City Decides Election
More than 80 percent of Obama’s victory margin in Wisconsin came from Milwaukee.
A remarkably successful get-out-the-vote machine in the City of Milwaukee anchored President Barack Obama’s Wisconsin win, the day-after numbers show.
Obama’s victory margin in Milwaukee grew by 15,070 votes in 2012 compared with 2008, boosted by a turnout that saw 87% of the city’s registered voters casting a presidential ballot. His winning margin in the city was a stunning 170,831 votes.
But in the rest of Wisconsin, Obama fell sharply from 2008. His overall margin of victory in the balance of Wisconsin—the state minus the city of Milwaukee—dropped from 256,532 to a mere 34,374.
In other words, in 2008 Milwaukee joined with the rest of the state in a strong win for Obama. But in 2012 it was Milwaukee’s vote that provided almost the entire winning margin for Obama in Wisconsin.
Credit goes to the voters, of course, but also to the very effective work of the various get-out-the-vote operations in the city. These included the official Obama operation, Organizing for America, and also a number of independent groups, including those of the AFL-CIO, the Service Employees International Union, Citizen Action of Wisconsin and others.
Their technical sophistication and dedicated volunteers blew away any notion of an “enthusiasm gap” within the City of Milwaukee.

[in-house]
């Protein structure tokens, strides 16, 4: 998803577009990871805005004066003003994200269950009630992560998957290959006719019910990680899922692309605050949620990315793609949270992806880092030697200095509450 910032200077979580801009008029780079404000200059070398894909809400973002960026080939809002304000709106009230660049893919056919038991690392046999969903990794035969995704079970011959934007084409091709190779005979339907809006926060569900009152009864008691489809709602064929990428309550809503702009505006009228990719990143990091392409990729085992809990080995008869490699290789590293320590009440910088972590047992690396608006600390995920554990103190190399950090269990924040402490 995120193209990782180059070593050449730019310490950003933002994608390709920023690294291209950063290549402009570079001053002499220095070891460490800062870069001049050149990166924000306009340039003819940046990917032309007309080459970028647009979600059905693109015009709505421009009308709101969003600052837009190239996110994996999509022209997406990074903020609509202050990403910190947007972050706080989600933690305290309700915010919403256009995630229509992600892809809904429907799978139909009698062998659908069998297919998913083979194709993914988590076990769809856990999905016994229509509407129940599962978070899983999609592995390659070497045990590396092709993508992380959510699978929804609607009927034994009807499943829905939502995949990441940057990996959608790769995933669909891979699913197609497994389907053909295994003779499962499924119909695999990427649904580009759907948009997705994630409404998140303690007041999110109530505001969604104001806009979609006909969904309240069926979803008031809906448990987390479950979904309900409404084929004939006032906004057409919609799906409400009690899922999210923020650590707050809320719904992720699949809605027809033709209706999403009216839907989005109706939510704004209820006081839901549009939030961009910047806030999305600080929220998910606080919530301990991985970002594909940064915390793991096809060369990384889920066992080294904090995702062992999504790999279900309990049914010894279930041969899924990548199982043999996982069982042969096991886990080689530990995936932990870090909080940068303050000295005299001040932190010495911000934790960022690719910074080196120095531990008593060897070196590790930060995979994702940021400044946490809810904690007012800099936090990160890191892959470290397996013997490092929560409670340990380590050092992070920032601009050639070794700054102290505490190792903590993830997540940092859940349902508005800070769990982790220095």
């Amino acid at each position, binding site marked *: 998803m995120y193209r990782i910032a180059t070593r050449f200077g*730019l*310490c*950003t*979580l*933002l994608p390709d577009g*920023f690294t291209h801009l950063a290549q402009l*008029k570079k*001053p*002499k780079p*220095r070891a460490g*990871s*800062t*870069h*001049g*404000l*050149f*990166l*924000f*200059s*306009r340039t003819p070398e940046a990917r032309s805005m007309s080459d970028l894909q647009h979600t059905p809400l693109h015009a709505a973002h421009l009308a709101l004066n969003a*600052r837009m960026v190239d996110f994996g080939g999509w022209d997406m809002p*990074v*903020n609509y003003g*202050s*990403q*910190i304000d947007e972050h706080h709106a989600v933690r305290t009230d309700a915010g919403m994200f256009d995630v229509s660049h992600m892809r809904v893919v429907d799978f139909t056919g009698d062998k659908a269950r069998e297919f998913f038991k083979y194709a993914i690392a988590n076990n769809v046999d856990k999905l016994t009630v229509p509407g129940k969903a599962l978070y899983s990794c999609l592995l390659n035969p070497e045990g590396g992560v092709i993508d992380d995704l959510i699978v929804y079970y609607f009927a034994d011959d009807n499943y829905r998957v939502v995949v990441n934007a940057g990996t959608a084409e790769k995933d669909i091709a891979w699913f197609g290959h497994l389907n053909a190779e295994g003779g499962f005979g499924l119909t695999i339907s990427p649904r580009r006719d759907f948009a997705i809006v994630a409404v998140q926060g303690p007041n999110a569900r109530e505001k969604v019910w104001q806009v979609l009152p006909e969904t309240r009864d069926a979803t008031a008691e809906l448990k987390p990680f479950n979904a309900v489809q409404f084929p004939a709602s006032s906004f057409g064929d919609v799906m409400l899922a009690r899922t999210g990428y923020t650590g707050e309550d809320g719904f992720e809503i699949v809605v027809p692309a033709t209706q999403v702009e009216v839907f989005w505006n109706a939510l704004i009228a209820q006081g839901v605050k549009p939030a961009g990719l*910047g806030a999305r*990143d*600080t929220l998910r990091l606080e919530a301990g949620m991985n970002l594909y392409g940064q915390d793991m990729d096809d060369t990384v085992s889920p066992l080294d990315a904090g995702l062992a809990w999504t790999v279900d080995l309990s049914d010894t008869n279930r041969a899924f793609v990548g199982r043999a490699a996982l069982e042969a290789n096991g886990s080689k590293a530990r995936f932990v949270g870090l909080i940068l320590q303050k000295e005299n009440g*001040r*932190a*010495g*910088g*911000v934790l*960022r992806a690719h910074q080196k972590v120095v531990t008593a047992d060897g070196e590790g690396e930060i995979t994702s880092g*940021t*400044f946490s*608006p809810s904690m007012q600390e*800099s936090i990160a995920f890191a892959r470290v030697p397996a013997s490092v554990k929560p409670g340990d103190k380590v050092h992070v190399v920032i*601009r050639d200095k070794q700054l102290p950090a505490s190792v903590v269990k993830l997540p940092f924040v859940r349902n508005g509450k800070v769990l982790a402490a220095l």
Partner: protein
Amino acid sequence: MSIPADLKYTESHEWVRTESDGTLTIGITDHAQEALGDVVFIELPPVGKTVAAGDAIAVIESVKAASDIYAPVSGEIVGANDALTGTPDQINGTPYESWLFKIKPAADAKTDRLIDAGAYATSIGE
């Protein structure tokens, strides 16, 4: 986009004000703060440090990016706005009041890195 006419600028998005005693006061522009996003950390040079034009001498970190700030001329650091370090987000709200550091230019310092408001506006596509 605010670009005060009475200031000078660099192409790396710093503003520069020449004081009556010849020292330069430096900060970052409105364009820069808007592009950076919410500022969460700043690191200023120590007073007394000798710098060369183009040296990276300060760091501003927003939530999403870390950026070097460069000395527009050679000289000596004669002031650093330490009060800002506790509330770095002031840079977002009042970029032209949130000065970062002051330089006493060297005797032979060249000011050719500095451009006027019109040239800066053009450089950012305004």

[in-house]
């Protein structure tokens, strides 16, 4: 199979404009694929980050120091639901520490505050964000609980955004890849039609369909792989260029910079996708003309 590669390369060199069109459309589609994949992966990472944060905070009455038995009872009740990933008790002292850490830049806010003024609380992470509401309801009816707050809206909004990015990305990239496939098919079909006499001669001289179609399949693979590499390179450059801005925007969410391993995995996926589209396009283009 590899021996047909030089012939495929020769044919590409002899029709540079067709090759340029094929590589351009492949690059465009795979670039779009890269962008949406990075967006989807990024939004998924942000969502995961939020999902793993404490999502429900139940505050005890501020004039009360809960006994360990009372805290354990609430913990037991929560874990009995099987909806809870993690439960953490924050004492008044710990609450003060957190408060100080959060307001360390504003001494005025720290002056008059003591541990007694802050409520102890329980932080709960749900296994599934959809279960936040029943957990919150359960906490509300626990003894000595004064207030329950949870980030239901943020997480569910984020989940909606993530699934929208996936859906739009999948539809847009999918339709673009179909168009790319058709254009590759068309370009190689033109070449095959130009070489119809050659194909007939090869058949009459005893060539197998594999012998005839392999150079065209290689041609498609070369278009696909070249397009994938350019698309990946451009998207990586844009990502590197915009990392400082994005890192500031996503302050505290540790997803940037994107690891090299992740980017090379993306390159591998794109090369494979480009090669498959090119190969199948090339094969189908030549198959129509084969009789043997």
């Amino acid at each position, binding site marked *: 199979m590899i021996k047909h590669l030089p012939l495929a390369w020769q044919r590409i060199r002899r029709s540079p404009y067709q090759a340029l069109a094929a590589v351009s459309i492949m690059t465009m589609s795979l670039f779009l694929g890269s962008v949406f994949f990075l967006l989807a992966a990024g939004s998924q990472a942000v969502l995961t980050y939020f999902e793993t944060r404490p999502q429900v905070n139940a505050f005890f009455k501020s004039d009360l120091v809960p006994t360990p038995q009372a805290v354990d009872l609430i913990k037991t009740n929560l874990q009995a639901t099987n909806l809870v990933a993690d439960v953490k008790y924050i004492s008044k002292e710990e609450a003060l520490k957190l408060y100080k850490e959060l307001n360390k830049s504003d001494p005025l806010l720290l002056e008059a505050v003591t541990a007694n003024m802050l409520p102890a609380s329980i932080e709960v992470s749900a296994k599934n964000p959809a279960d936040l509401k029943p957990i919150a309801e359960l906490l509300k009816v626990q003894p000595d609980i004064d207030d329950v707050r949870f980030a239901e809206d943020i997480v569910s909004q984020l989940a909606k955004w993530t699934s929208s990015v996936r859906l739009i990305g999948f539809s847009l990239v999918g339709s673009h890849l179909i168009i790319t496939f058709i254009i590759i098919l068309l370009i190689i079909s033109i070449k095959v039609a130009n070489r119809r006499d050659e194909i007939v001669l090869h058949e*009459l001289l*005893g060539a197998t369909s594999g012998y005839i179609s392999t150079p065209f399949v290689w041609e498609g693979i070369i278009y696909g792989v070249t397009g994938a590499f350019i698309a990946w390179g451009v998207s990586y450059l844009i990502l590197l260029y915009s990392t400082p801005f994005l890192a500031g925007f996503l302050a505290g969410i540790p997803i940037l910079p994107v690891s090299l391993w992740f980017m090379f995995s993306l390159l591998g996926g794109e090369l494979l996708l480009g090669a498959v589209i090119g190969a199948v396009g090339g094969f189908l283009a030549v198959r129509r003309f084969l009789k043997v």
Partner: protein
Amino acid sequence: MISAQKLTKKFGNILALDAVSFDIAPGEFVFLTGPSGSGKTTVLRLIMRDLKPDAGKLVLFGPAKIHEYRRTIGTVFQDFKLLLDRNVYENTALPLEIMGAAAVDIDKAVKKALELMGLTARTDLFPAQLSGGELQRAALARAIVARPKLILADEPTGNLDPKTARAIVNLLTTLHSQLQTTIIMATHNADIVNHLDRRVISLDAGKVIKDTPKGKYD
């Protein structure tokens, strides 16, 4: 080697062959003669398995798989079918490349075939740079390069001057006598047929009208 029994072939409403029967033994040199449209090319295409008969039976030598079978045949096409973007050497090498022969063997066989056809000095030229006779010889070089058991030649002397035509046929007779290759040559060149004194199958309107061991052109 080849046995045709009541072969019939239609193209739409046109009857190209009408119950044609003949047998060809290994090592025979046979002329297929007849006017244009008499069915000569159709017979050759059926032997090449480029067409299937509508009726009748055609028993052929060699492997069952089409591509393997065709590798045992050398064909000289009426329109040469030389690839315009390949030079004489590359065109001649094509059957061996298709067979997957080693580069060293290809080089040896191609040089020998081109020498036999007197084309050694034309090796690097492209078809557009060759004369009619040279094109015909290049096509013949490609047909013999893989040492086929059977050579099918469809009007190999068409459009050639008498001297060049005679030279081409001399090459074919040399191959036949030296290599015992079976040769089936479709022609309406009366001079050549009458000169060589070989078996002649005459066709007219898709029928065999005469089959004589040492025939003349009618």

At the same time, the very strength that Obama showed in the city underlined an increasing polarization among voters. For example, Obama’s city showing was in stark contrast to his losing effort in the Milwaukee County suburbs.
In 2008, Obama won the Milwaukee County suburbs by 14,613 votes (53.7%). But this year, Romney beat Obama in Milwaukee County suburbs by 1,171 votes, a big turnaround for the GOP (Obama’s vote was 49.7%).
If the Democratic success in Milwaukee is enough to give Obama the state, why can’t they replicate this pattern in state politics? State government moved even further into Republican control in this election, with their sweep of both houses of the Legislature.
There are many reasons—from redistricting to racism—but among them is the simple fact that people care so much more about national candidates than about local ones. President Obama still excites Milwaukee Democrats. Tom Barrett, or any other state Democrat capable of running for Governor, does not.
Milwaukee voters care a lot more about who’s running the show in Washington than who’s running it in Madison. With Republicans now in total control in Madison, this lack of attention to local politics will come back to haunt city Democrats.